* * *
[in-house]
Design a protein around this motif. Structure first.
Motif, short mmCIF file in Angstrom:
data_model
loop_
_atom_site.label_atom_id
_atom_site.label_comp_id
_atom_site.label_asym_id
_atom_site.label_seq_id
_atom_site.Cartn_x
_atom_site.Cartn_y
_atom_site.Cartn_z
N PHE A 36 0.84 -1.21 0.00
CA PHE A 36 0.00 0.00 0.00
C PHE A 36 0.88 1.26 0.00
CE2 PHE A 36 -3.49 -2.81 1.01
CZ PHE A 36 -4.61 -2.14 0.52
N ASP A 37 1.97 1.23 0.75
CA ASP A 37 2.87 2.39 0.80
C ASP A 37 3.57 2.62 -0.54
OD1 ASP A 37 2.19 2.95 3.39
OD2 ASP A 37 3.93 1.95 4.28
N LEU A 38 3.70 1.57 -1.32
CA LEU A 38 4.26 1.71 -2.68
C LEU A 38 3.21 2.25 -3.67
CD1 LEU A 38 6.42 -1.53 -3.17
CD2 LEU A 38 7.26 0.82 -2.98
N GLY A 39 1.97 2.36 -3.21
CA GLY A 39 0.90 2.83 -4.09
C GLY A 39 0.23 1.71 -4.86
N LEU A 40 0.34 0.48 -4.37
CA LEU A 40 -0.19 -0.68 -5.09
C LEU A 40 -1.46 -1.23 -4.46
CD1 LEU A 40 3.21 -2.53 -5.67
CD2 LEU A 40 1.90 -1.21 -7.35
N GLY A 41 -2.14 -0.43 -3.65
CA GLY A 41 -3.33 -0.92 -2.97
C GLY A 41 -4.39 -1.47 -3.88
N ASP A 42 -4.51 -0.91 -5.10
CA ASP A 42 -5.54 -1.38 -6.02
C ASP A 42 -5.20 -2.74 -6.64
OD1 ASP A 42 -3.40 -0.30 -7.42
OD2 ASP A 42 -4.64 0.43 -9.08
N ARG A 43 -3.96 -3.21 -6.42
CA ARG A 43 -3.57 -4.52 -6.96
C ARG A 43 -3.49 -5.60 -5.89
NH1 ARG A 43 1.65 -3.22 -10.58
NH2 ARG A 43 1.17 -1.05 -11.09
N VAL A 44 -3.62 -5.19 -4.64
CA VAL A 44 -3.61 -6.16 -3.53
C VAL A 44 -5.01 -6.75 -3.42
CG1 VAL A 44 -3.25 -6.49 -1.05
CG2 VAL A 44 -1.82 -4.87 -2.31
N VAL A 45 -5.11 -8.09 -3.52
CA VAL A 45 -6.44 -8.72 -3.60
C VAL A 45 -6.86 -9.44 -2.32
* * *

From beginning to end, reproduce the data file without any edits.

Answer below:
[in-house]
Design a protein around this motif. Structure first.
Motif, short mmCIF file in Angstrom:
data_model
loop_
_atom_site.label_atom_id
_atom_site.label_comp_id
_atom_site.label_asym_id
_atom_site.label_seq_id
_atom_site.Cartn_x
_atom_site.Cartn_y
_atom_site.Cartn_z
N PHE A 36 0.84 -1.21 0.00
CA PHE A 36 0.00 0.00 0.00
C PHE A 36 0.88 1.26 0.00
CE2 PHE A 36 -3.49 -2.81 1.01
CZ PHE A 36 -4.61 -2.14 0.52
N ASP A 37 1.97 1.23 0.75
CA ASP A 37 2.87 2.39 0.80
C ASP A 37 3.57 2.62 -0.54
OD1 ASP A 37 2.19 2.95 3.39
OD2 ASP A 37 3.93 1.95 4.28
N LEU A 38 3.70 1.57 -1.32
CA LEU A 38 4.26 1.71 -2.68
C LEU A 38 3.21 2.25 -3.67
CD1 LEU A 38 6.42 -1.53 -3.17
CD2 LEU A 38 7.26 0.82 -2.98
N GLY A 39 1.97 2.36 -3.21
CA GLY A 39 0.90 2.83 -4.09
C GLY A 39 0.23 1.71 -4.86
N LEU A 40 0.34 0.48 -4.37
CA LEU A 40 -0.19 -0.68 -5.09
C LEU A 40 -1.46 -1.23 -4.46
CD1 LEU A 40 3.21 -2.53 -5.67
CD2 LEU A 40 1.90 -1.21 -7.35
N GLY A 41 -2.14 -0.43 -3.65
CA GLY A 41 -3.33 -0.92 -2.97
C GLY A 41 -4.39 -1.47 -3.88
N ASP A 42 -4.51 -0.91 -5.10
CA ASP A 42 -5.54 -1.38 -6.02
C ASP A 42 -5.20 -2.74 -6.64
OD1 ASP A 42 -3.40 -0.30 -7.42
OD2 ASP A 42 -4.64 0.43 -9.08
N ARG A 43 -3.96 -3.21 -6.42
CA ARG A 43 -3.57 -4.52 -6.96
C ARG A 43 -3.49 -5.60 -5.89
NH1 ARG A 43 1.65 -3.22 -10.58
NH2 ARG A 43 1.17 -1.05 -11.09
N VAL A 44 -3.62 -5.19 -4.64
CA VAL A 44 -3.61 -6.16 -3.53
C VAL A 44 -5.01 -6.75 -3.42
CG1 VAL A 44 -3.25 -6.49 -1.05
CG2 VAL A 44 -1.82 -4.87 -2.31
N VAL A 45 -5.11 -8.09 -3.52
CA VAL A 45 -6.44 -8.72 -3.60
C VAL A 45 -6.86 -9.44 -2.32